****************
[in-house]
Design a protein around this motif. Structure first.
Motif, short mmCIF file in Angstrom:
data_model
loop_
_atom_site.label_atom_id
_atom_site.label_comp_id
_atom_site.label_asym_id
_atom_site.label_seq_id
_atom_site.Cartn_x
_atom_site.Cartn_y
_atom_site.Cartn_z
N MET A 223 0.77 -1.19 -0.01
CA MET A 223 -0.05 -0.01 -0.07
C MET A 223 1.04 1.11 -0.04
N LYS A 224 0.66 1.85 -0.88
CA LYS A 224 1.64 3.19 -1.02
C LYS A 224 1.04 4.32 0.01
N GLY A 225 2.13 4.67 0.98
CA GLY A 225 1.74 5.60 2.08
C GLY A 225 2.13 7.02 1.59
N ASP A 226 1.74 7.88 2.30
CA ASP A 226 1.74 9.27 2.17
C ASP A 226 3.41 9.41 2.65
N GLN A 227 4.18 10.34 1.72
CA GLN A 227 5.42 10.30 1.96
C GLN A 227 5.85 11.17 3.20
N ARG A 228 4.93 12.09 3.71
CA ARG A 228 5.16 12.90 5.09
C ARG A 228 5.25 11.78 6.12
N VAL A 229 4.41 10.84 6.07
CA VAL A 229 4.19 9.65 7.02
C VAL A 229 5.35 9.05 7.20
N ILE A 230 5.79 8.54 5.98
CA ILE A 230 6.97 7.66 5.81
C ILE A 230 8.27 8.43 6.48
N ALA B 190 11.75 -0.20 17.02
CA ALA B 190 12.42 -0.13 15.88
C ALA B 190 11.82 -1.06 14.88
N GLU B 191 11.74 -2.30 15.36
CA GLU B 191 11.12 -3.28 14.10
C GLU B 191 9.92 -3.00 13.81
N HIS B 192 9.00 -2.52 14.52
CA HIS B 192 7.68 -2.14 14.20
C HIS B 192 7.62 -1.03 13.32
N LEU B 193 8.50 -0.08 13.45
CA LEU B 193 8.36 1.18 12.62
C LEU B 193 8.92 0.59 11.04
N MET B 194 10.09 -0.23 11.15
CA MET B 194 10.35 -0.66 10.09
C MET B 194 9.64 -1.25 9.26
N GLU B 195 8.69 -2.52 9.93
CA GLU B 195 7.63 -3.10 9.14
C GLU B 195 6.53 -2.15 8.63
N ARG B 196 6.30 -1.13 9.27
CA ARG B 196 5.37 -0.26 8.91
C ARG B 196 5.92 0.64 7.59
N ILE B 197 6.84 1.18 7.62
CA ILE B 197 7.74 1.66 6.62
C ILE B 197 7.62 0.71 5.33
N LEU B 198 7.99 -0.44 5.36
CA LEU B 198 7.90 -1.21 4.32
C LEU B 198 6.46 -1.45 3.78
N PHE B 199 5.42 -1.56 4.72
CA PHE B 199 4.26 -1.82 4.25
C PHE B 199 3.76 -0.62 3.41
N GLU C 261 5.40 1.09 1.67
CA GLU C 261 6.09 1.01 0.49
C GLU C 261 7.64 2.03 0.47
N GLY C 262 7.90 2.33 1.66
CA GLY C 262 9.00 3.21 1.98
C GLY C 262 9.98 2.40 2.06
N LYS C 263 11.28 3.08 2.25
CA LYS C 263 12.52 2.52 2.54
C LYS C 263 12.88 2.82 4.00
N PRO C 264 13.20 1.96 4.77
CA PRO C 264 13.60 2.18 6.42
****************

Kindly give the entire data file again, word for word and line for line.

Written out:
[in-house]
Design a protein around this motif. Structure first.
Motif, short mmCIF file in Angstrom:
data_model
loop_
_atom_site.label_atom_id
_atom_site.label_comp_id
_atom_site.label_asym_id
_atom_site.label_seq_id
_atom_site.Cartn_x
_atom_site.Cartn_y
_atom_site.Cartn_z
N MET A 223 0.77 -1.19 -0.01
CA MET A 223 -0.05 -0.01 -0.07
C MET A 223 1.04 1.11 -0.04
N LYS A 224 0.66 1.85 -0.88
CA LYS A 224 1.64 3.19 -1.02
C LYS A 224 1.04 4.32 0.01
N GLY A 225 2.13 4.67 0.98
CA GLY A 225 1.74 5.60 2.08
C GLY A 225 2.13 7.02 1.59
N ASP A 226 1.74 7.88 2.30
CA ASP A 226 1.74 9.27 2.17
C ASP A 226 3.41 9.41 2.65
N GLN A 227 4.18 10.34 1.72
CA GLN A 227 5.42 10.30 1.96
C GLN A 227 5.85 11.17 3.20
N ARG A 228 4.93 12.09 3.71
CA ARG A 228 5.16 12.90 5.09
C ARG A 228 5.25 11.78 6.12
N VAL A 229 4.41 10.84 6.07
CA VAL A 229 4.19 9.65 7.02
C VAL A 229 5.35 9.05 7.20
N ILE A 230 5.79 8.54 5.98
CA ILE A 230 6.97 7.66 5.81
C ILE A 230 8.27 8.43 6.48
N ALA B 190 11.75 -0.20 17.02
CA ALA B 190 12.42 -0.13 15.88
C ALA B 190 11.82 -1.06 14.88
N GLU B 191 11.74 -2.30 15.36
CA GLU B 191 11.12 -3.28 14.10
C GLU B 191 9.92 -3.00 13.81
N HIS B 192 9.00 -2.52 14.52
CA HIS B 192 7.68 -2.14 14.20
C HIS B 192 7.62 -1.03 13.32
N LEU B 193 8.50 -0.08 13.45
CA LEU B 193 8.36 1.18 12.62
C LEU B 193 8.92 0.59 11.04
N MET B 194 10.09 -0.23 11.15
CA MET B 194 10.35 -0.66 10.09
C MET B 194 9.64 -1.25 9.26
N GLU B 195 8.69 -2.52 9.93
CA GLU B 195 7.63 -3.10 9.14
C GLU B 195 6.53 -2.15 8.63
N ARG B 196 6.30 -1.13 9.27
CA ARG B 196 5.37 -0.26 8.91
C ARG B 196 5.92 0.64 7.59
N ILE B 197 6.84 1.18 7.62
CA ILE B 197 7.74 1.66 6.62
C ILE B 197 7.62 0.71 5.33
N LEU B 198 7.99 -0.44 5.36
CA LEU B 198 7.90 -1.21 4.32
C LEU B 198 6.46 -1.45 3.78
N PHE B 199 5.42 -1.56 4.72
CA PHE B 199 4.26 -1.82 4.25
C PHE B 199 3.76 -0.62 3.41
N GLU C 261 5.40 1.09 1.67
CA GLU C 261 6.09 1.01 0.49
C GLU C 261 7.64 2.03 0.47
N GLY C 262 7.90 2.33 1.66
CA GLY C 262 9.00 3.21 1.98
C GLY C 262 9.98 2.40 2.06
N LYS C 263 11.28 3.08 2.25
CA LYS C 263 12.52 2.52 2.54
C LYS C 263 12.88 2.82 4.00
N PRO C 264 13.20 1.96 4.77
CA PRO C 264 13.60 2.18 6.42